Objectives: The purpose of this study is to extend research on communities and crime by assessing neighborhood variation in mortgage fraud. Methods: We use proprietary data to generate a measure of mortgage fraud for 2005 through 2008 for 793 census tracts in Chicago. We estimate maximum likelihood spatial regression models to assess the impact of tract-level structural variables and lending market characteristics on mortgage fraud. Results: We find that concentrated disadvantage, percent black, and immigrant concentration are associated with greater levels of mortgage fraud. However, the impact of these factors is largely mediated by subprime lending. In addition, we find mortgages purchased by private entities also lead to greater levels of mortgage fraud. Contrary to expectations, changing loan values are unrelated to mortgage fraud. Conclusions: The findings suggest the relationship between neighborhood structural characteristics and mortgage fraud is partially due to a lack of public social control in disadvantaged minority neighborhoods. Future research should build on this study and examine a wider variety of crimes than are traditionally studied at the neighborhood level.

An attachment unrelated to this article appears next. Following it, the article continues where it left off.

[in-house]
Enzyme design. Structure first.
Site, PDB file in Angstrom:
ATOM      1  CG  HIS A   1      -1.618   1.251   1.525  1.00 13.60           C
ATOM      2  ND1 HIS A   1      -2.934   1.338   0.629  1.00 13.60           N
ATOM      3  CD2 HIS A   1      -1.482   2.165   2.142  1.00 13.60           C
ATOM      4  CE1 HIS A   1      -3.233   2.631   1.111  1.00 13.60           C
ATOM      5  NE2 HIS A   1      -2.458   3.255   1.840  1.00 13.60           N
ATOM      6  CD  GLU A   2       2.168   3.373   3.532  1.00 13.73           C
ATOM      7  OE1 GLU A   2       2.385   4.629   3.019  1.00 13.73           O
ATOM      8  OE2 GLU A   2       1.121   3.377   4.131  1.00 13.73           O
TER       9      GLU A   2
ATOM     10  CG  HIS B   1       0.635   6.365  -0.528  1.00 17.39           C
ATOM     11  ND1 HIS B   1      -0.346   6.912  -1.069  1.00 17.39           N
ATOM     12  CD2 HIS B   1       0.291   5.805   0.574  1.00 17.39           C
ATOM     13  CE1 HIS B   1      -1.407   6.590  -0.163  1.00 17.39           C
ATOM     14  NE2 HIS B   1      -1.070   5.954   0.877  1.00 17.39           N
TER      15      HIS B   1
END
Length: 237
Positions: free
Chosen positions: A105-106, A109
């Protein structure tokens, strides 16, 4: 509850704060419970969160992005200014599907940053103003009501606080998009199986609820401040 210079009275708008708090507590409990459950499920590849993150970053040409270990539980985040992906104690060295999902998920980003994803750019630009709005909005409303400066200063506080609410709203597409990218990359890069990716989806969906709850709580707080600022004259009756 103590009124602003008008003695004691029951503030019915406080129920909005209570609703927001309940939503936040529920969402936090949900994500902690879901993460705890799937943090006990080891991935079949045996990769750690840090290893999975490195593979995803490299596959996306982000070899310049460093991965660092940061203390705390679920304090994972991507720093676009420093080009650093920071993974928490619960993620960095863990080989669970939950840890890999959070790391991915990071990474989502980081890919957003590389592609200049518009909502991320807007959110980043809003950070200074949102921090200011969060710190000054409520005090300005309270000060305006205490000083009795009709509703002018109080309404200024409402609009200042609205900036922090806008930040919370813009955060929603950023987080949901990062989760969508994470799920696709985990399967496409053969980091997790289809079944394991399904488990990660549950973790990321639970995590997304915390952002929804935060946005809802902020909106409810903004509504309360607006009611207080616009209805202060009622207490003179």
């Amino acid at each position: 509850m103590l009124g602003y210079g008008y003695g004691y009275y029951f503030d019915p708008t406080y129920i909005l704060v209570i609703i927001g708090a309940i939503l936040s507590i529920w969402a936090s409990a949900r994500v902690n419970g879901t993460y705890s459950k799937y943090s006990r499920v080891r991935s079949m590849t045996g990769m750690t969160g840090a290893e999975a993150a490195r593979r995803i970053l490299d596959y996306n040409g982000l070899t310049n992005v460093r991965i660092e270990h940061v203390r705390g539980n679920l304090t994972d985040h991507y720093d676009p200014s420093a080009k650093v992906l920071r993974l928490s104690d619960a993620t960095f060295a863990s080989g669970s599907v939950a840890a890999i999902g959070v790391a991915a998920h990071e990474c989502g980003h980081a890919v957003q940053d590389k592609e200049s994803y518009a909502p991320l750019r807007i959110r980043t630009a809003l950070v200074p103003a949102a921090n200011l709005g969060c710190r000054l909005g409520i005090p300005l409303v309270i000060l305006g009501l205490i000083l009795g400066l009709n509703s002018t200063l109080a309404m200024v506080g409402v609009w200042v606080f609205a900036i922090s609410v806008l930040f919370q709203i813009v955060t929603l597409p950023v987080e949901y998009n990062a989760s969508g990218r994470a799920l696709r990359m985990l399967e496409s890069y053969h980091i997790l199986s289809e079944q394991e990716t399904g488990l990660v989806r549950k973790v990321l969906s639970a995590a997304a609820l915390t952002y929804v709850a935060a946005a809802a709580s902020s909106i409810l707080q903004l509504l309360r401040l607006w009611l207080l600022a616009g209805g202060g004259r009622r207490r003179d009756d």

All Science Journal Classification (ASJC) codes
- Pathology and Forensic Medicine